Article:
Giant chile relleno tamal! That’s what I said! A few years ago my followers challnged me to stuff a chile relleno into a tamal. I accepted their challenge happily. I do enjoy a tasty food challenge from time to time.
You Got Lucky!
Lucky for me and for all of you, my google files backed up the old video clips and photos of when I prepared this giant tamal a few years ago. Here we go!! Enjoy!
Broiling Method For Poblanos
Great trick I use for easy clean up! Remove the stems and seeds from poblanos before roasting! Easy clean up!
Ready In Minutes!
Preheat broiler to high, setting rack a few inches below. Broil fresh poblanos for 15 to 18 minutes, turning as needed or until most of the skins have blistered.
For Traditional Rellenos, I Dry Roast Low And Slow On Stove Top Or Direct Flame.
Mom’s traditional roasting method was low and slow on a cast iron comal(griddle) on the gas stove top. She was roasting 10 or more peppers, so direct flame was too time consuming for her. She was preparing the beef picadillo at the same time the poblanos were roasting. If I had to choose, I prefer direct flame, but not always possible since I have an electric range.
Mom’s Beef Picadillo With Potatoes
I did not grow up with cheese filled rellenos. I love them, but I love mom’s beef picadillo with potatoes more! Of course I could combine the two and it would be delicious! But, sometimes I just crave the foods exactly the way I remember them.
Masa !Masa! Mas Masa!
Back in the day my parents would purchase 30 pounds of masa quebrada(broken masa) from the tortilla factory. Dad had a commercial heavy duty mixer for mixing masa(dough). Melted pork lard, baking powder, salt and some chile sauce would be mixed in. For smaller batches, like 10 pounds, they would mix everything in by hand until the masa felt just right and was seasoned well. When I had to prepare tamales on my own, I was forced to prepare masa using corn flour, masa harina. I really had no choice where I lived. I adapted and after many years of using the masa harina, I ma pretty happy with it.
When I hear the word consomme, makes me think of that famous line of canned soups! You know, the red and white label, lol! It wasn’t until I dived deep into the heart of Mexican cooking that I learned how delicious a homemade consomme could be. This version I am sharing with you is a cross between a light salsa and a sauce. Delicous for rellenos or fried tacos dorados.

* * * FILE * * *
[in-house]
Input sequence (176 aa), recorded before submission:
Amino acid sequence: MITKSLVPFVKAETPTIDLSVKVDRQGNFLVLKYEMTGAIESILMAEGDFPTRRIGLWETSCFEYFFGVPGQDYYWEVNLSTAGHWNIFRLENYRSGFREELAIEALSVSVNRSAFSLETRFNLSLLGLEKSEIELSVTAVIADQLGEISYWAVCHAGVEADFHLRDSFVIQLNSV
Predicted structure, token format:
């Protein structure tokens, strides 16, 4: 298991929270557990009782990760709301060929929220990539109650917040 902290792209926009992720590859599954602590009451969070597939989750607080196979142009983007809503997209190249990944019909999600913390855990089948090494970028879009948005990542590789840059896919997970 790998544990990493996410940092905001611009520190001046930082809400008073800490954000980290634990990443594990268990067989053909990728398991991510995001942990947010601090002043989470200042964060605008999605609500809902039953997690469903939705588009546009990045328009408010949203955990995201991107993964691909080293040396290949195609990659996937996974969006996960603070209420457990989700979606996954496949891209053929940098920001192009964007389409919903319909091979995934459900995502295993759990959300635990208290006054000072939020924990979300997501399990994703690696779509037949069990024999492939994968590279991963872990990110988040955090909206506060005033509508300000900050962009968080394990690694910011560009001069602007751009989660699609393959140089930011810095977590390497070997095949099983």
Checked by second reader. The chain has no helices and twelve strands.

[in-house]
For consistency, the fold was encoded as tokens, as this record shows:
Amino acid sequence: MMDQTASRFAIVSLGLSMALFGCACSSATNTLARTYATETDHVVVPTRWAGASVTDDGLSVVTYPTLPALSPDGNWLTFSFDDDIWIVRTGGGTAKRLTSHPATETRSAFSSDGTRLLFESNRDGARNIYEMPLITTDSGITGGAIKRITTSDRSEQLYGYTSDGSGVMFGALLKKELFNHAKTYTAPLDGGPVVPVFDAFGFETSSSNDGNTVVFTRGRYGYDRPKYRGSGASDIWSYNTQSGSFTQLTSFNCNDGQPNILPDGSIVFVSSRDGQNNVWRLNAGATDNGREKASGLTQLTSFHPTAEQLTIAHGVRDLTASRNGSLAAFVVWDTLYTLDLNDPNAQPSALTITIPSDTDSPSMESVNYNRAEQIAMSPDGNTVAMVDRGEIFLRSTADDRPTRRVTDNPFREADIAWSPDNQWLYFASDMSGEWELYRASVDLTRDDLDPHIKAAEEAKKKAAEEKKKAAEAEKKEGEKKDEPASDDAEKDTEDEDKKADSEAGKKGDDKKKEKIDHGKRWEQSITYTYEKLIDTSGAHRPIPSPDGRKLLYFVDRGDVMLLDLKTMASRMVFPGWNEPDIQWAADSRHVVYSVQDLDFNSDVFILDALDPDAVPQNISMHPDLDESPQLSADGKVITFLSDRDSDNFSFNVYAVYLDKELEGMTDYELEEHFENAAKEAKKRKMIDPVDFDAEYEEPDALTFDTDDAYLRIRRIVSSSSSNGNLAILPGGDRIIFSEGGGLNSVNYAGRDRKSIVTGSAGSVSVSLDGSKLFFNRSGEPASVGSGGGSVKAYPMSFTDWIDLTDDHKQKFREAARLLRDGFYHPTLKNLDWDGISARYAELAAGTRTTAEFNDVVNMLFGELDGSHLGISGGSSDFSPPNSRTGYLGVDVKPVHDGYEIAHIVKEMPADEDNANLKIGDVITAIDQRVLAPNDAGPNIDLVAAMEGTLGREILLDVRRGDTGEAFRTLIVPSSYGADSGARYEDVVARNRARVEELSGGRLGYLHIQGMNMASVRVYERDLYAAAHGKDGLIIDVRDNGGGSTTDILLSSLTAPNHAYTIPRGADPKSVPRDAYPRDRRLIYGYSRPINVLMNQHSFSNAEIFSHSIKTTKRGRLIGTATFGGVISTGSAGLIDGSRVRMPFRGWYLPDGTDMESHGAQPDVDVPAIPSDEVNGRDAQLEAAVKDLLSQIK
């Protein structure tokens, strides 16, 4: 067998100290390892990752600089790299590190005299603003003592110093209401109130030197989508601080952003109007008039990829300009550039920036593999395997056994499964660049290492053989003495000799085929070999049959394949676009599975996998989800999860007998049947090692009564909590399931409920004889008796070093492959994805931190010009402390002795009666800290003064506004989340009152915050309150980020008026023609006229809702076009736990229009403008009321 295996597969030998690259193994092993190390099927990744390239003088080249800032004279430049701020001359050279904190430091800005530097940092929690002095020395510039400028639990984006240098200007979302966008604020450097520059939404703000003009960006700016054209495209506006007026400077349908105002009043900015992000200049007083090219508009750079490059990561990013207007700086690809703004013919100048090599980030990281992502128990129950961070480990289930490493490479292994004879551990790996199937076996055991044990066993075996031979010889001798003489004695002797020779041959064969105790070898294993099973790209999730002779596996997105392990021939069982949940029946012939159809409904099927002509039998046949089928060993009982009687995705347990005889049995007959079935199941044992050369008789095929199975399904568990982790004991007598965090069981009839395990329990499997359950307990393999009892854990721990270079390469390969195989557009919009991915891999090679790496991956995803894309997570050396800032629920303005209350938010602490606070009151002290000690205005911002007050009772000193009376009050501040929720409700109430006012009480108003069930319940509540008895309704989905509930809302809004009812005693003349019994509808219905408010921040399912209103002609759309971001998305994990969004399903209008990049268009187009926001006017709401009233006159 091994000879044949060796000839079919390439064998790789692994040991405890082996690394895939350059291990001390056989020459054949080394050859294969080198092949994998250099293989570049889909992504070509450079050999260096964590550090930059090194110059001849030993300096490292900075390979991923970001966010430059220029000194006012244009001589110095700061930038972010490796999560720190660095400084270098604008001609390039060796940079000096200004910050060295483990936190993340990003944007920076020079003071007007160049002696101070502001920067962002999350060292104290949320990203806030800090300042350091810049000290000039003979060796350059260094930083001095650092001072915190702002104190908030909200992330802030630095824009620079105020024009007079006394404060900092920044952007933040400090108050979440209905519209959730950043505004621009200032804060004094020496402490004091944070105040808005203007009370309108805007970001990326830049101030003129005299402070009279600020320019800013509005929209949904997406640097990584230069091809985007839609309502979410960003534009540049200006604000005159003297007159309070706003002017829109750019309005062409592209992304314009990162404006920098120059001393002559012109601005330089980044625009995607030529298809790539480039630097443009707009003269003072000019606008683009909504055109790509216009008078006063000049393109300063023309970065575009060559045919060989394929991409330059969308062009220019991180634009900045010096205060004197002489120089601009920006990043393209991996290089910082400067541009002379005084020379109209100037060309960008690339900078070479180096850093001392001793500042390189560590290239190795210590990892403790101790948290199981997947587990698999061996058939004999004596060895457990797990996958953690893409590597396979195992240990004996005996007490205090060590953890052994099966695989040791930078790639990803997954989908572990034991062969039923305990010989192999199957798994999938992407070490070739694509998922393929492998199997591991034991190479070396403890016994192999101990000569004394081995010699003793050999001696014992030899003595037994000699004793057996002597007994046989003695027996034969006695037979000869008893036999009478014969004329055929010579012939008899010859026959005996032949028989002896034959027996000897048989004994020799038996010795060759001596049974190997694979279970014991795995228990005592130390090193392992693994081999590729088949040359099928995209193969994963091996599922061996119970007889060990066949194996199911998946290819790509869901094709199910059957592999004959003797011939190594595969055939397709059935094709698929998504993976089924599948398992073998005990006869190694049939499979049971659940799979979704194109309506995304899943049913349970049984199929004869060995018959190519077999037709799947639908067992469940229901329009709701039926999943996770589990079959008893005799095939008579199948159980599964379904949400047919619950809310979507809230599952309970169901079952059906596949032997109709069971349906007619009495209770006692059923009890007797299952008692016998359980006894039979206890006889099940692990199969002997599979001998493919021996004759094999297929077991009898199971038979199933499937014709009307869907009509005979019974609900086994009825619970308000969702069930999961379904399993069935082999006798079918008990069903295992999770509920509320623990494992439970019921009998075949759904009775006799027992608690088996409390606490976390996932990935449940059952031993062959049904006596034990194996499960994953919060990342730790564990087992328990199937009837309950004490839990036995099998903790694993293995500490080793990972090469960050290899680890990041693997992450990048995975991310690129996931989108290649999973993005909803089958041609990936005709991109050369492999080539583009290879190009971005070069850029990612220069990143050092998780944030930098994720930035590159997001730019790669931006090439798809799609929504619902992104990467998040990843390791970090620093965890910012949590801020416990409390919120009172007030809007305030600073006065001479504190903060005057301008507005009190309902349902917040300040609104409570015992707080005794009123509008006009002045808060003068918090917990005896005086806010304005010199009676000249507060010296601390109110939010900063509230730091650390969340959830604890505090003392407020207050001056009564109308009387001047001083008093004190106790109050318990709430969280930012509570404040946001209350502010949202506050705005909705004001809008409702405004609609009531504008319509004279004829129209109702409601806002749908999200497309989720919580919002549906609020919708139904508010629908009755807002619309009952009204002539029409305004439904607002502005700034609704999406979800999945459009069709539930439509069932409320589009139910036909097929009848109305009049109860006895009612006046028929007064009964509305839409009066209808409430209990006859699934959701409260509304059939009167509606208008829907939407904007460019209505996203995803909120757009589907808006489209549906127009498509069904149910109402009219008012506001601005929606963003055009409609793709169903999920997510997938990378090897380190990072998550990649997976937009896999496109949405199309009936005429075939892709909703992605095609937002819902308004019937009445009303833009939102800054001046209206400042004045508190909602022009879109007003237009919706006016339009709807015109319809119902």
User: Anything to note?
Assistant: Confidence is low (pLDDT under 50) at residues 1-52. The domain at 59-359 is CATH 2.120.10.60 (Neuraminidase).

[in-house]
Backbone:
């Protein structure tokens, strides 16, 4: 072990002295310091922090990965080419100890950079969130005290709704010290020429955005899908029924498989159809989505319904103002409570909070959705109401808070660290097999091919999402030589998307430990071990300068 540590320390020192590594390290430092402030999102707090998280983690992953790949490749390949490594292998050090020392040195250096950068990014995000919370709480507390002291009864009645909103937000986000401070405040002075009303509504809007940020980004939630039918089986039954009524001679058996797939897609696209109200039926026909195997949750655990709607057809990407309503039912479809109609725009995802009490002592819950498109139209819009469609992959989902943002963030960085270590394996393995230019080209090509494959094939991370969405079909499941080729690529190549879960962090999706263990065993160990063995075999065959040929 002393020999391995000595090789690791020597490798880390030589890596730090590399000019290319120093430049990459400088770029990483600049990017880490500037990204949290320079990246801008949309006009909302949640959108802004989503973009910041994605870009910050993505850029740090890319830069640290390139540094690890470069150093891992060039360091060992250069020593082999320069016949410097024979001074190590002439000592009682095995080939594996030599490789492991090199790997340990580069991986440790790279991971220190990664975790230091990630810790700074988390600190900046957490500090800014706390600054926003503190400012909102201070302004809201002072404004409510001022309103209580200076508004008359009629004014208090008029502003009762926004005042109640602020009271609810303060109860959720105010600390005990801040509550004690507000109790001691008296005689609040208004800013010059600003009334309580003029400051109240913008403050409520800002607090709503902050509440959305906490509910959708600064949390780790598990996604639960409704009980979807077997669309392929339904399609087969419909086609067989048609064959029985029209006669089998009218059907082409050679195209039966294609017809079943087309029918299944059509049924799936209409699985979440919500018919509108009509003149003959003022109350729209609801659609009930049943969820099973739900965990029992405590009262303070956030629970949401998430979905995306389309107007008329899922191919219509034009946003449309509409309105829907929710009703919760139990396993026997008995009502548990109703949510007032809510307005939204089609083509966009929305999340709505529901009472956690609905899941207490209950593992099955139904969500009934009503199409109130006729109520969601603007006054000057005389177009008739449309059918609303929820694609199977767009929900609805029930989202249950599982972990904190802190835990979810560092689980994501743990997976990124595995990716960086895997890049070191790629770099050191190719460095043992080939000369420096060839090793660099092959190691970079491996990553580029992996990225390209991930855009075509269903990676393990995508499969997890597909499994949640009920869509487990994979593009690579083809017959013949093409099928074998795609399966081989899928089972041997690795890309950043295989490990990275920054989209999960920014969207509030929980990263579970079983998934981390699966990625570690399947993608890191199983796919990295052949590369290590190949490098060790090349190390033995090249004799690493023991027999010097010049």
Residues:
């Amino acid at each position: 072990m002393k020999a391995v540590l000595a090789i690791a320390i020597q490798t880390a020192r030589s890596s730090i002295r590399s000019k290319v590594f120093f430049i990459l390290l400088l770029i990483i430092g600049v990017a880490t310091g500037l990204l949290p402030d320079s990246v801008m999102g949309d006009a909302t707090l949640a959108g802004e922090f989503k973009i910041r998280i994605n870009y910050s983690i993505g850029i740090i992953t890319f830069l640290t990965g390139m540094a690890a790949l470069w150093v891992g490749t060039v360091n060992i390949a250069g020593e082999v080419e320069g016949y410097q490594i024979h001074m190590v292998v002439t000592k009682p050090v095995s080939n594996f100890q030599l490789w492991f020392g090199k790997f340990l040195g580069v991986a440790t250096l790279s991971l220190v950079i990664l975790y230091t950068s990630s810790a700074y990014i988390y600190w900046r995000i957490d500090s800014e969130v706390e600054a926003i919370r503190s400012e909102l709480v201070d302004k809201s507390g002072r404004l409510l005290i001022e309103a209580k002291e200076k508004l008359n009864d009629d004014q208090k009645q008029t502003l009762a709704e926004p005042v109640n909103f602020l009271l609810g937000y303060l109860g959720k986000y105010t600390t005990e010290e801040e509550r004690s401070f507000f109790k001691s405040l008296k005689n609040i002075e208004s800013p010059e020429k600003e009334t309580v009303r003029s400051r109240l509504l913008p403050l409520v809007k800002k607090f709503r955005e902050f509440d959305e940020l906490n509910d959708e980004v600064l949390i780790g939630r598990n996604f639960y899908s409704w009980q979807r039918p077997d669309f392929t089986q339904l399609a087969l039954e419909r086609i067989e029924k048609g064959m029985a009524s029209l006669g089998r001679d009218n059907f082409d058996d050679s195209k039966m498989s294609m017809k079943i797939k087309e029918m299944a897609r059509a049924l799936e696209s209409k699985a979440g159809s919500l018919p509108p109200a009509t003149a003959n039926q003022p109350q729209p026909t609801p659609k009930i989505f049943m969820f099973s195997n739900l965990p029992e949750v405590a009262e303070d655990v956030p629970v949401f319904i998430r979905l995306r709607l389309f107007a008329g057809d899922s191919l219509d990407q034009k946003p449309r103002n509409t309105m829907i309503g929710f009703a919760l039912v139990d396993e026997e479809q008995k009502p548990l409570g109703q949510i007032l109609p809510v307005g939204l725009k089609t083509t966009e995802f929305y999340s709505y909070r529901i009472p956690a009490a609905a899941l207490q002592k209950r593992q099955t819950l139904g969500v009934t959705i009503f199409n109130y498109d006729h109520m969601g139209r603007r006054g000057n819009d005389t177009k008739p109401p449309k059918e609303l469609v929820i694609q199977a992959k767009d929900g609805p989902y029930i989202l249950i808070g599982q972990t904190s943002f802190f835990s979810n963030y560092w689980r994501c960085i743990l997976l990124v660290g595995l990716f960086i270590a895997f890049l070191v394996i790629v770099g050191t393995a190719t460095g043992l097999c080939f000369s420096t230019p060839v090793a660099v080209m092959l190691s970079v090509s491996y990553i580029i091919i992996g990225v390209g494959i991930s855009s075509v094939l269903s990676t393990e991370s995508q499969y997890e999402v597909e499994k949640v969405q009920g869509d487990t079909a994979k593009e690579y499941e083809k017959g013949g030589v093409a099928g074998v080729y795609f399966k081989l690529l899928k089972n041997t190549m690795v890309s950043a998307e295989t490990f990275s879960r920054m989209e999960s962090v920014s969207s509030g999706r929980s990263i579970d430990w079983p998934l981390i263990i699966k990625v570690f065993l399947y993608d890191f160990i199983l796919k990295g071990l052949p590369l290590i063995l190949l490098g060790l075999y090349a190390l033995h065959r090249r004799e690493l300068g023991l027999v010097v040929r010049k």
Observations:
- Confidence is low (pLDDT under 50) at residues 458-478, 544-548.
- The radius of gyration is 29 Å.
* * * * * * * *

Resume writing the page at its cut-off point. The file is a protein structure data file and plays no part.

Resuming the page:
The beauty of tomatillos!
The beauty of tomatillos is that you can prepare both red and green salsas with them. I really enjoy the tang and acidity that tomatillos add to my favorite salsa recipes. Which is your favorite? Red or green?
Giant Chile Relleno Tamal
- Steamer Pot
- 20 corn husk softened
- 5-6 Cups masa for tamales previously prepared, see link above
- 6 roasted poblanos stems and seeds removed
- 3 cups picadillo with potato see link above
- 3 cups consomme see link above
- Salsa Verde to taste
- Salsa Roja to taste
- Peel blistered skins from roasted poblanos. Fill each pepper with about 1/2 cup of chilled beef picadillo. Set aside.
- Take 2 extra large corn husk that were previously softened in very hot water. Shake of excess water. Overlap lap with the two straight ends, one on top of the other. See video for better visual.
- Take about 1/2 c of prepared masa for tamales and press it down in the center of overlapped husk. Using your fingers, spread the masa to resemble a rectangle(about 4×2 inches).
- Place the stuffed poblano in the center on top of masa. Take another 1/2 c of masa and roughly form it to cover the top of relleno. Fold in the sides of corn husk cover exposed relleno. Then fold down the flaps. Use extra torn strands of husk to tie tamal closed.
- Now you can either use deli paper sheets, parchment paper or foil paper to finish wrapping this giant tamal. I find that wrapping the tamales keeps their shape better, tamal isn't dry and keeps the steamer pot cleaner, lol!
- Arrange wrapped giant tamales in steamer pot with water to the fill line. Bring to a rapid boil at high heat at first. Once it begins to steam rapidly, turn heat to just below medium. Set your timer for 45 minutes. Keep a medium pot of water heating on low. After 45 minutes, I carefully pour in more hot water into the steamer pot, about 2 cups. I set my timer for another 45 minutes.
- Once my timer goes off, I carefully pull out one tamal and let it cool for a bit before I try unwrapping it. If the husk comes away easily from the tamal, them they are done. if not, steam for another 25-30 minutes. Remove whole pot from heat and let tamales finish cooling in the pot. Serve tamales with consomme and or your favorite salsa recipes.